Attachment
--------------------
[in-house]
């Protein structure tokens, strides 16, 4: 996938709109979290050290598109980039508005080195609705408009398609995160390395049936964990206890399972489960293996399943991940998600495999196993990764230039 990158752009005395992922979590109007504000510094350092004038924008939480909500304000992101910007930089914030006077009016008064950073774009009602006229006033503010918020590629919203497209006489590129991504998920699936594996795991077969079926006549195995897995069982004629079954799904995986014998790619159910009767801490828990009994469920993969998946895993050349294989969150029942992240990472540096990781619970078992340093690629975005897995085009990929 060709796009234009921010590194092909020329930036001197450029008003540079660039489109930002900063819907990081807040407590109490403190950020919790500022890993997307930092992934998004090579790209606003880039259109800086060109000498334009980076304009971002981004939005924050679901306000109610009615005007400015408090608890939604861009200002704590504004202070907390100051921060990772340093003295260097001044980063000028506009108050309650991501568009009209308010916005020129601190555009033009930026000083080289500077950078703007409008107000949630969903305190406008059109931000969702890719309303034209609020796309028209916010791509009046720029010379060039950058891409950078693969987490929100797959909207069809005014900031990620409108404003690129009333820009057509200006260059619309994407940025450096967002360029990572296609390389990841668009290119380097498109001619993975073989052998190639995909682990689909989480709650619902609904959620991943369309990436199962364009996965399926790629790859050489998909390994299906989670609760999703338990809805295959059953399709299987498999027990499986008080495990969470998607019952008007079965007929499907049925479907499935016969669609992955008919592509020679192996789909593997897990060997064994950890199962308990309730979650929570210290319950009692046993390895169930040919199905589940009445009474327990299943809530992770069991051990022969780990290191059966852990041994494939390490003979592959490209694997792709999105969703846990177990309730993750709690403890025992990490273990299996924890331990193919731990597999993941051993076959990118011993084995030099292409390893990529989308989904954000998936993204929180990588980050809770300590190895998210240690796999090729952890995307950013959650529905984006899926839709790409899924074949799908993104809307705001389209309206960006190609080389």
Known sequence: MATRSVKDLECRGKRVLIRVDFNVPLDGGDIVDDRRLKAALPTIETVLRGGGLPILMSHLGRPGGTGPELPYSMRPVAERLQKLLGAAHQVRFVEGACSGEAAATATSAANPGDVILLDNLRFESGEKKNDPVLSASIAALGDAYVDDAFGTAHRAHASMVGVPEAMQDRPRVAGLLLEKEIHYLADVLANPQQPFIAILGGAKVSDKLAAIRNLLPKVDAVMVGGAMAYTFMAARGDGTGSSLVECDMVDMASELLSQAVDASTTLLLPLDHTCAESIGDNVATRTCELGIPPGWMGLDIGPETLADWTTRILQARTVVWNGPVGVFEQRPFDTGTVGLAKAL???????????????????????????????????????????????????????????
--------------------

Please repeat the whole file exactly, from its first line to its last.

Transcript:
[in-house]
């Protein structure tokens, strides 16, 4: 996938709109979290050290598109980039508005080195609705408009398609995160390395049936964990206890399972489960293996399943991940998600495999196993990764230039 990158752009005395992922979590109007504000510094350092004038924008939480909500304000992101910007930089914030006077009016008064950073774009009602006229006033503010918020590629919203497209006489590129991504998920699936594996795991077969079926006549195995897995069982004629079954799904995986014998790619159910009767801490828990009994469920993969998946895993050349294989969150029942992240990472540096990781619970078992340093690629975005897995085009990929 060709796009234009921010590194092909020329930036001197450029008003540079660039489109930002900063819907990081807040407590109490403190950020919790500022890993997307930092992934998004090579790209606003880039259109800086060109000498334009980076304009971002981004939005924050679901306000109610009615005007400015408090608890939604861009200002704590504004202070907390100051921060990772340093003295260097001044980063000028506009108050309650991501568009009209308010916005020129601190555009033009930026000083080289500077950078703007409008107000949630969903305190406008059109931000969702890719309303034209609020796309028209916010791509009046720029010379060039950058891409950078693969987490929100797959909207069809005014900031990620409108404003690129009333820009057509200006260059619309994407940025450096967002360029990572296609390389990841668009290119380097498109001619993975073989052998190639995909682990689909989480709650619902609904959620991943369309990436199962364009996965399926790629790859050489998909390994299906989670609760999703338990809805295959059953399709299987498999027990499986008080495990969470998607019952008007079965007929499907049925479907499935016969669609992955008919592509020679192996789909593997897990060997064994950890199962308990309730979650929570210290319950009692046993390895169930040919199905589940009445009474327990299943809530992770069991051990022969780990290191059966852990041994494939390490003979592959490209694997792709999105969703846990177990309730993750709690403890025992990490273990299996924890331990193919731990597999993941051993076959990118011993084995030099292409390893990529989308989904954000998936993204929180990588980050809770300590190895998210240690796999090729952890995307950013959650529905984006899926839709790409899924074949799908993104809307705001389209309206960006190609080389």
Known sequence: MATRSVKDLECRGKRVLIRVDFNVPLDGGDIVDDRRLKAALPTIETVLRGGGLPILMSHLGRPGGTGPELPYSMRPVAERLQKLLGAAHQVRFVEGACSGEAAATATSAANPGDVILLDNLRFESGEKKNDPVLSASIAALGDAYVDDAFGTAHRAHASMVGVPEAMQDRPRVAGLLLEKEIHYLADVLANPQQPFIAILGGAKVSDKLAAIRNLLPKVDAVMVGGAMAYTFMAARGDGTGSSLVECDMVDMASELLSQAVDASTTLLLPLDHTCAESIGDNVATRTCELGIPPGWMGLDIGPETLADWTTRILQARTVVWNGPVGVFEQRPFDTGTVGLAKAL???????????????????????????????????????????????????????????